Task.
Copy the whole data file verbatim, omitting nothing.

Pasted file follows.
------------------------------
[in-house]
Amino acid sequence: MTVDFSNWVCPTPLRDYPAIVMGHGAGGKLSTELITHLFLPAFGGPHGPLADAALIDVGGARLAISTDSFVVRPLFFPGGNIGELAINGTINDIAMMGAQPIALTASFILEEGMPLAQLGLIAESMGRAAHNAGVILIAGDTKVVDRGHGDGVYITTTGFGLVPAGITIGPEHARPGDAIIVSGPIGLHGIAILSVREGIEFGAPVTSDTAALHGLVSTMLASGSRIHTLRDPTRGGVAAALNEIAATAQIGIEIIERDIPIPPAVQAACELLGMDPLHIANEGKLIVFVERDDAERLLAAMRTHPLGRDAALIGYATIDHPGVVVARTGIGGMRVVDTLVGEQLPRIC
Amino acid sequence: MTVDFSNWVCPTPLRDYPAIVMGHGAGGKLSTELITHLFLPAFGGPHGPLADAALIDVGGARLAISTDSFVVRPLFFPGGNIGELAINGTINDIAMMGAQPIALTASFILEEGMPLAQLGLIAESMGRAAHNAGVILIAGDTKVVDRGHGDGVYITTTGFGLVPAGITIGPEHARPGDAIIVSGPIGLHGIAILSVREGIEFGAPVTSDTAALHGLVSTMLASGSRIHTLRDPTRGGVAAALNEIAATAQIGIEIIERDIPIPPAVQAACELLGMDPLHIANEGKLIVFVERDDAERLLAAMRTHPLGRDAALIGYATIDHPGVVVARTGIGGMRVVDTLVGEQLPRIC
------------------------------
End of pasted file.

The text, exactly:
[in-house]
Amino acid sequence: MTVDFSNWVCPTPLRDYPAIVMGHGAGGKLSTELITHLFLPAFGGPHGPLADAALIDVGGARLAISTDSFVVRPLFFPGGNIGELAINGTINDIAMMGAQPIALTASFILEEGMPLAQLGLIAESMGRAAHNAGVILIAGDTKVVDRGHGDGVYITTTGFGLVPAGITIGPEHARPGDAIIVSGPIGLHGIAILSVREGIEFGAPVTSDTAALHGLVSTMLASGSRIHTLRDPTRGGVAAALNEIAATAQIGIEIIERDIPIPPAVQAACELLGMDPLHIANEGKLIVFVERDDAERLLAAMRTHPLGRDAALIGYATIDHPGVVVARTGIGGMRVVDTLVGEQLPRIC
Amino acid sequence: MTVDFSNWVCPTPLRDYPAIVMGHGAGGKLSTELITHLFLPAFGGPHGPLADAALIDVGGARLAISTDSFVVRPLFFPGGNIGELAINGTINDIAMMGAQPIALTASFILEEGMPLAQLGLIAESMGRAAHNAGVILIAGDTKVVDRGHGDGVYITTTGFGLVPAGITIGPEHARPGDAIIVSGPIGLHGIAILSVREGIEFGAPVTSDTAALHGLVSTMLASGSRIHTLRDPTRGGVAAALNEIAATAQIGIEIIERDIPIPPAVQAACELLGMDPLHIANEGKLIVFVERDDAERLLAAMRTHPLGRDAALIGYATIDHPGVVVARTGIGGMRVVDTLVGEQLPRIC